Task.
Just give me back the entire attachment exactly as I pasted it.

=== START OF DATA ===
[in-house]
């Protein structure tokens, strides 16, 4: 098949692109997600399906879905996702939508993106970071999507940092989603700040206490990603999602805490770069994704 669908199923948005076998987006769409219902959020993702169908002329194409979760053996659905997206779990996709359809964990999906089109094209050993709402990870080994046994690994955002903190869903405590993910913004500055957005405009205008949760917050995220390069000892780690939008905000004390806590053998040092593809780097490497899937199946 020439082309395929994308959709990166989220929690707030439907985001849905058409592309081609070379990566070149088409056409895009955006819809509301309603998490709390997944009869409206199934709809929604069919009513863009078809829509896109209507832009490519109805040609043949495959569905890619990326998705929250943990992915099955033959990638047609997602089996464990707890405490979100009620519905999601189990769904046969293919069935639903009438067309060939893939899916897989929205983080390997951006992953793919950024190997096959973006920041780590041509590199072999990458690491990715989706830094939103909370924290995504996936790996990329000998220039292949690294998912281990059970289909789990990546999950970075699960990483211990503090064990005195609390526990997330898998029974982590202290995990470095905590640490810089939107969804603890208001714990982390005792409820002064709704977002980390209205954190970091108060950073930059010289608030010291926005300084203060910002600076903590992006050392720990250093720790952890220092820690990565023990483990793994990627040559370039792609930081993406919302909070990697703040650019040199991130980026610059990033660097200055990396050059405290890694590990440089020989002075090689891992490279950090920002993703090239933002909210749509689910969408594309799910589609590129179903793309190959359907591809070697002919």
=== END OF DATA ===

[in-house]
């Protein structure tokens, strides 16, 4: 098949692109997600399906879905996702939508993106970071999507940092989603700040206490990603999602805490770069994704 669908199923948005076998987006769409219902959020993702169908002329194409979760053996659905997206779990996709359809964990999906089109094209050993709402990870080994046994690994955002903190869903405590993910913004500055957005405009205008949760917050995220390069000892780690939008905000004390806590053998040092593809780097490497899937199946 020439082309395929994308959709990166989220929690707030439907985001849905058409592309081609070379990566070149088409056409895009955006819809509301309603998490709390997944009869409206199934709809929604069919009513863009078809829509896109209507832009490519109805040609043949495959569905890619990326998705929250943990992915099955033959990638047609997602089996464990707890405490979100009620519905999601189990769904046969293919069935639903009438067309060939893939899916897989929205983080390997951006992953793919950024190997096959973006920041780590041509590199072999990458690491990715989706830094939103909370924290995504996936790996990329000998220039292949690294998912281990059970289909789990990546999950970075699960990483211990503090064990005195609390526990997330898998029974982590202290995990470095905590640490810089939107969804603890208001714990982390005792409820002064709704977002980390209205954190970091108060950073930059010289608030010291926005300084203060910002600076903590992006050392720990250093720790952890220092820690990565023990483990793994990627040559370039792609930081993406919302909070990697703040650019040199991130980026610059990033660097200055990396050059405290890694590990440089020989002075090689891992490279950090920002993703090239933002909210749509689910969408594309799910589609590129179903793309190959359907591809070697002919």